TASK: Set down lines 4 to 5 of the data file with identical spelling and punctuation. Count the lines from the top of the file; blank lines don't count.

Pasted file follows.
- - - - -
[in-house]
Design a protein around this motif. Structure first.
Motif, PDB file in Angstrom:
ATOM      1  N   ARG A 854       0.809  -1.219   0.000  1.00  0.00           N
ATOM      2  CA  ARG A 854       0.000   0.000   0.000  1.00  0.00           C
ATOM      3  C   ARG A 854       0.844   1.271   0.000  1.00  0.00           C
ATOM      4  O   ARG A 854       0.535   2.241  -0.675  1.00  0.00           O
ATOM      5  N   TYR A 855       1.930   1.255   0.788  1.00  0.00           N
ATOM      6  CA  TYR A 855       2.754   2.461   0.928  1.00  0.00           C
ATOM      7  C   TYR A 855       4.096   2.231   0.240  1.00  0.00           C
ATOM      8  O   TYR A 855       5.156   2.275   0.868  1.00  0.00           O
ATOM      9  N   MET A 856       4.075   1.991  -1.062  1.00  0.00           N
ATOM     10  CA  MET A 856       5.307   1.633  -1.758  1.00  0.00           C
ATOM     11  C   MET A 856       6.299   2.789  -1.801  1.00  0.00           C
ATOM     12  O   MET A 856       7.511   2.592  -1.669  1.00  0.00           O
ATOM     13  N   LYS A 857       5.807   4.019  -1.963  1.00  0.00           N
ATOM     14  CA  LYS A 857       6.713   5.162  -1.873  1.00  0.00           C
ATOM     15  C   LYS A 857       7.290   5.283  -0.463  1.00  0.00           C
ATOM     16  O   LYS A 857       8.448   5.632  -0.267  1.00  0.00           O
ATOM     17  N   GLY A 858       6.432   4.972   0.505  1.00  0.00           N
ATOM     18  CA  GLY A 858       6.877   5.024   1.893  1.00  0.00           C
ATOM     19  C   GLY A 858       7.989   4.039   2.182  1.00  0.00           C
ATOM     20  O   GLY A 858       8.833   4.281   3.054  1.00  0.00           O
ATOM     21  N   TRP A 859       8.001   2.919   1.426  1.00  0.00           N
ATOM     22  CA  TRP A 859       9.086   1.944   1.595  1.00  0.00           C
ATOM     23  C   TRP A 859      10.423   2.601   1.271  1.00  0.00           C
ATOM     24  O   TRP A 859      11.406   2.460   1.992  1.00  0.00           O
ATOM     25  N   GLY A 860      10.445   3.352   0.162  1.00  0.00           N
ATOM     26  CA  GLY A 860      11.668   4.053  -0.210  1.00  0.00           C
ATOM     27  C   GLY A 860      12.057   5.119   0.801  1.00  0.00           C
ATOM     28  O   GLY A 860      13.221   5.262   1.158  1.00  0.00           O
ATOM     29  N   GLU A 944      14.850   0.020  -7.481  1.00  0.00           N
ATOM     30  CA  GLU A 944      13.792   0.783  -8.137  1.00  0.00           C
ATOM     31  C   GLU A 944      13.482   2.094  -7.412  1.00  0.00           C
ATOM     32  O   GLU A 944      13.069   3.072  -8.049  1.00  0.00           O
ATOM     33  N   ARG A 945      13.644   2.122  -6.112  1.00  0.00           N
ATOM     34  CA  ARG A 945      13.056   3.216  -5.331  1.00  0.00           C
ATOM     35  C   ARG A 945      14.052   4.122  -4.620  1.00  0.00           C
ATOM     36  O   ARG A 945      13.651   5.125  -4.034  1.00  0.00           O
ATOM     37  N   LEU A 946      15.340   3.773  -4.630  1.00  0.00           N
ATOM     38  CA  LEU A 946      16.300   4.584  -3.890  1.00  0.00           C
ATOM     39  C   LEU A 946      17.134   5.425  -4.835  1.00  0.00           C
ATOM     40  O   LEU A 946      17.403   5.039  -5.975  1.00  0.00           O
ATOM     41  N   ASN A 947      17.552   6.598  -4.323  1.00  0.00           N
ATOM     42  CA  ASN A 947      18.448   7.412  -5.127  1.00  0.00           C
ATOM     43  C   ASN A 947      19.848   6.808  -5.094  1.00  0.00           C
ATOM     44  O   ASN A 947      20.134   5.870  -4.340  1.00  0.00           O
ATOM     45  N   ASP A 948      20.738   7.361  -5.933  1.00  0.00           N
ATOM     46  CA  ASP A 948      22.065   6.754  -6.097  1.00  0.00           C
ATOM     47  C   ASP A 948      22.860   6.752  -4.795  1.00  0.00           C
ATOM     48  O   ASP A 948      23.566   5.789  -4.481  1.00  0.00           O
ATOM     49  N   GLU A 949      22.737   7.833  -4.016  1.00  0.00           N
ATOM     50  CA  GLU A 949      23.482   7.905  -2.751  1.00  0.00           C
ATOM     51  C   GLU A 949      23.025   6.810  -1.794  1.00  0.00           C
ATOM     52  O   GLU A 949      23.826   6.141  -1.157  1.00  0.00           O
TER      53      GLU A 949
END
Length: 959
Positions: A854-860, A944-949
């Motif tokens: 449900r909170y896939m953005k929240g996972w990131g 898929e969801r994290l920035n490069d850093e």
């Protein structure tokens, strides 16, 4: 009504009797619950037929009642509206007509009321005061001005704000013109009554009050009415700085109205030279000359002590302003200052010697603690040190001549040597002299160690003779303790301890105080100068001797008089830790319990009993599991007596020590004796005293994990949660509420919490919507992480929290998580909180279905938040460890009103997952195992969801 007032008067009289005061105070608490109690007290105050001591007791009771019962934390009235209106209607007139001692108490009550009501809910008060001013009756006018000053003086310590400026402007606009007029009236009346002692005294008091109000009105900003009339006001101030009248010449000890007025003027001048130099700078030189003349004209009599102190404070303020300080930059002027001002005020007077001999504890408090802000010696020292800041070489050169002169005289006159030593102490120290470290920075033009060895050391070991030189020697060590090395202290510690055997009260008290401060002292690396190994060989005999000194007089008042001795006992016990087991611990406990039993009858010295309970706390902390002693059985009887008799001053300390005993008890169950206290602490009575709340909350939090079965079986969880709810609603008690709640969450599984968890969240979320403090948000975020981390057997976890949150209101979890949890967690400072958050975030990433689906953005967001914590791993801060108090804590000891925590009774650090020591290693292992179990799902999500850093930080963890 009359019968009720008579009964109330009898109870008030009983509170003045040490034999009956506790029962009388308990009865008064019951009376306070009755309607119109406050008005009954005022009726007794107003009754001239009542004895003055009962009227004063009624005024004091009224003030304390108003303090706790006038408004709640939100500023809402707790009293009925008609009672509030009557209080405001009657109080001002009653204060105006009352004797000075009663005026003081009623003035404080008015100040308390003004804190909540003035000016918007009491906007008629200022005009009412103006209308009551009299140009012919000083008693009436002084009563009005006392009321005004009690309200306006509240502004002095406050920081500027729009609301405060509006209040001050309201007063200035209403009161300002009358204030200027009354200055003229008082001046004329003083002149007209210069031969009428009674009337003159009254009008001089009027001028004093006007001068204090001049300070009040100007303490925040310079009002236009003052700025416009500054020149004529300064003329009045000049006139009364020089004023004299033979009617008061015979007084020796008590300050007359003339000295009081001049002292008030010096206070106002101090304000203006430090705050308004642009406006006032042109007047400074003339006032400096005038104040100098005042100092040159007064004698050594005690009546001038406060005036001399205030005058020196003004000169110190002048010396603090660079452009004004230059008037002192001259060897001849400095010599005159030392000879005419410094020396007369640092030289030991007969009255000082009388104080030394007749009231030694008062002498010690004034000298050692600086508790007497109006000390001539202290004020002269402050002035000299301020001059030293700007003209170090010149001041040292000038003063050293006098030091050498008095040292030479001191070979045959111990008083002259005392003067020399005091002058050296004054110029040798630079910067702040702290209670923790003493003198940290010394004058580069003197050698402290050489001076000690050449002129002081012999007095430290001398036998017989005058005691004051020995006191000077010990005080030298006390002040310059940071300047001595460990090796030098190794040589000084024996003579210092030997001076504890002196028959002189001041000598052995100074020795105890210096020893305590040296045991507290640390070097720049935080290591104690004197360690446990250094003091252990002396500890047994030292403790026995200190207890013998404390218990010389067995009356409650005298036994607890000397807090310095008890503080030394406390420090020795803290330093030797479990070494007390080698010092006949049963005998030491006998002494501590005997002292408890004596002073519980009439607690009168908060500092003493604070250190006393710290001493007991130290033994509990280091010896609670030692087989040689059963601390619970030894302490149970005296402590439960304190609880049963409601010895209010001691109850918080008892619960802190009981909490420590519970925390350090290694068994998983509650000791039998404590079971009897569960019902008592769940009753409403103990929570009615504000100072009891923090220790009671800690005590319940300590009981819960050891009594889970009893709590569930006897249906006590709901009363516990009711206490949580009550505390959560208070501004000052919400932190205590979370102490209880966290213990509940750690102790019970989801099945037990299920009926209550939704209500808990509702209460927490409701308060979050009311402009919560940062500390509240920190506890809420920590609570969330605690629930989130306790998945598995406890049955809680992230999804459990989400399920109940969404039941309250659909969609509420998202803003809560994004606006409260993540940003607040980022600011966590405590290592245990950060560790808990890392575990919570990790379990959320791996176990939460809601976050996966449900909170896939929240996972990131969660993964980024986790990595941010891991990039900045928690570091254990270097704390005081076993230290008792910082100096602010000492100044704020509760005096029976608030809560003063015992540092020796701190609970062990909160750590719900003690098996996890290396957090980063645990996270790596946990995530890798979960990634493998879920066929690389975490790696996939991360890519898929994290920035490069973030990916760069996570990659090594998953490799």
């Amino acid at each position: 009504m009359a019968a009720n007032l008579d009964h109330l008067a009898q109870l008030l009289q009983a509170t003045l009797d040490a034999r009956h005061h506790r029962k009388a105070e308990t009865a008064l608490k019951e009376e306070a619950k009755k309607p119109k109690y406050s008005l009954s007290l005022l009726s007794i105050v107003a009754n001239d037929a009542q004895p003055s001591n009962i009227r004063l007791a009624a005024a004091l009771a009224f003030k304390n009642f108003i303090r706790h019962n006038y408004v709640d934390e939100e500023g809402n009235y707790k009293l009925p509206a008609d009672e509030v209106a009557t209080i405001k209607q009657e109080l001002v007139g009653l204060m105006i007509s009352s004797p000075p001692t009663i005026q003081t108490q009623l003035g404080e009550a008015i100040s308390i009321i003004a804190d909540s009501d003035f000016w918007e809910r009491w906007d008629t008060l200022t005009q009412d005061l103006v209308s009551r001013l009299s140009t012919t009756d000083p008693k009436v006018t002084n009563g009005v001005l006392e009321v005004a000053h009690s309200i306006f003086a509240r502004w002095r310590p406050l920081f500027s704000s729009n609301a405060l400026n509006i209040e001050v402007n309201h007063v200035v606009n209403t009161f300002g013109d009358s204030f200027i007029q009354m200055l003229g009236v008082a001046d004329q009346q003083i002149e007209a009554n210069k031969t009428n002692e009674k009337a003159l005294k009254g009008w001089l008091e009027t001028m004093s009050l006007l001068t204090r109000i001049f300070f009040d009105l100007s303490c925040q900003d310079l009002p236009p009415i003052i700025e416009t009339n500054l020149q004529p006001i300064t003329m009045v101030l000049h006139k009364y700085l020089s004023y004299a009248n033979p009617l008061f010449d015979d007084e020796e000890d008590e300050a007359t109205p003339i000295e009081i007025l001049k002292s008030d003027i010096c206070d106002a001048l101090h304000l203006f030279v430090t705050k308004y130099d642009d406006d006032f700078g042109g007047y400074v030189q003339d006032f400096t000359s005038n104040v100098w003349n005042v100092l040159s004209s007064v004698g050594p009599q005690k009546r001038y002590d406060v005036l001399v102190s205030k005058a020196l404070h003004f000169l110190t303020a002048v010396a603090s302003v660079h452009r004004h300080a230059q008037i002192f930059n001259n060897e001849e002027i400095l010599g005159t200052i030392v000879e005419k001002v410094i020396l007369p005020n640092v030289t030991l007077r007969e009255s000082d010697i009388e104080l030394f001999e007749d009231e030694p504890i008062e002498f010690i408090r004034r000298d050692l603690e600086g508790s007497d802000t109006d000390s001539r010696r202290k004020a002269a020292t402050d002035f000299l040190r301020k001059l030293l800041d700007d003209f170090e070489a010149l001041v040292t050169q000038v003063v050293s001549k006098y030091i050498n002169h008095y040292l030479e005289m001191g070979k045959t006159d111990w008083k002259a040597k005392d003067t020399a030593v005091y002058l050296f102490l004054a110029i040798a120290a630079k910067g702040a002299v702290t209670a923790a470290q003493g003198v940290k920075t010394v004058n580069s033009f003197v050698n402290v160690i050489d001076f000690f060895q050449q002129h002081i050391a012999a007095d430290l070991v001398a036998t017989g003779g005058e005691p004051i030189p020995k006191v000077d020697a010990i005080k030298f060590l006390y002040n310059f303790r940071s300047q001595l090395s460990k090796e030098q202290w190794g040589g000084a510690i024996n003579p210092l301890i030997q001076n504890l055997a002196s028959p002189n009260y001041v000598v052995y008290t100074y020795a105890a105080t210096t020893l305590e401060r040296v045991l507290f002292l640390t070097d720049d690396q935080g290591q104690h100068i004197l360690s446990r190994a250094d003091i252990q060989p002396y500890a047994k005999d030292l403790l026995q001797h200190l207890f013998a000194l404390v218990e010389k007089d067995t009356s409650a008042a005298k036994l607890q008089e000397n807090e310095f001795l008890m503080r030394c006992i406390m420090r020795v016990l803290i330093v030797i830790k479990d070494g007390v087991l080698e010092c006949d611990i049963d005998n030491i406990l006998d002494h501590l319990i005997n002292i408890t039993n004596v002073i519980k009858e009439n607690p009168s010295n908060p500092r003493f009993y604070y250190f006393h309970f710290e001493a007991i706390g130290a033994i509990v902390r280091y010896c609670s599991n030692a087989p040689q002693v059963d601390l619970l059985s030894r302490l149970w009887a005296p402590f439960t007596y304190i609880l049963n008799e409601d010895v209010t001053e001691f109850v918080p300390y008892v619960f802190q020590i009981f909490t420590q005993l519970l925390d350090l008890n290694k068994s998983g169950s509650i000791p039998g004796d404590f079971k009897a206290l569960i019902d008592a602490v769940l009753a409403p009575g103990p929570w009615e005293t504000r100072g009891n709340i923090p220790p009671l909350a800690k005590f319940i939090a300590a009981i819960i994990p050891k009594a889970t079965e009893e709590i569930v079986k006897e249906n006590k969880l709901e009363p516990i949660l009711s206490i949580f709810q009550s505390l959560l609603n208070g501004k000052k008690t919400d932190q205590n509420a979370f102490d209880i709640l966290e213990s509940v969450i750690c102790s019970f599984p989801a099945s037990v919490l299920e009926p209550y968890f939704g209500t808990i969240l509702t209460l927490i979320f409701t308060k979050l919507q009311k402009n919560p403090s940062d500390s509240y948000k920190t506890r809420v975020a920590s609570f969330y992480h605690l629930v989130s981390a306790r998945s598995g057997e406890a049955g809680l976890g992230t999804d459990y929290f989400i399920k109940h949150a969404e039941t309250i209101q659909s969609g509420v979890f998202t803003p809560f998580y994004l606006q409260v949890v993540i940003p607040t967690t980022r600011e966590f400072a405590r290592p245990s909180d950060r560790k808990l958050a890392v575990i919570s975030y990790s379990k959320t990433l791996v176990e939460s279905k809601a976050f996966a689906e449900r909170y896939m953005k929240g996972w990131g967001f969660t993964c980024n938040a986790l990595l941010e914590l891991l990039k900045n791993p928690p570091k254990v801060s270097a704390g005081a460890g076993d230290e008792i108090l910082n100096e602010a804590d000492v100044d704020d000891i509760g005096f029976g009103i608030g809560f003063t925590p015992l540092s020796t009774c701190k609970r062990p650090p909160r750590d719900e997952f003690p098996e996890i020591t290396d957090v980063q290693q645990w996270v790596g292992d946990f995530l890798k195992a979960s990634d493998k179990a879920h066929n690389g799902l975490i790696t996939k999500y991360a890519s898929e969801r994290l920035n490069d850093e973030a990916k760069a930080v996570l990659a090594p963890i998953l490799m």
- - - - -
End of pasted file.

ATOM      1  N   ARG A 854       0.809  -1.219   0.000  1.00  0.00           N
ATOM      2  CA  ARG A 854       0.000   0.000   0.000  1.00  0.00           C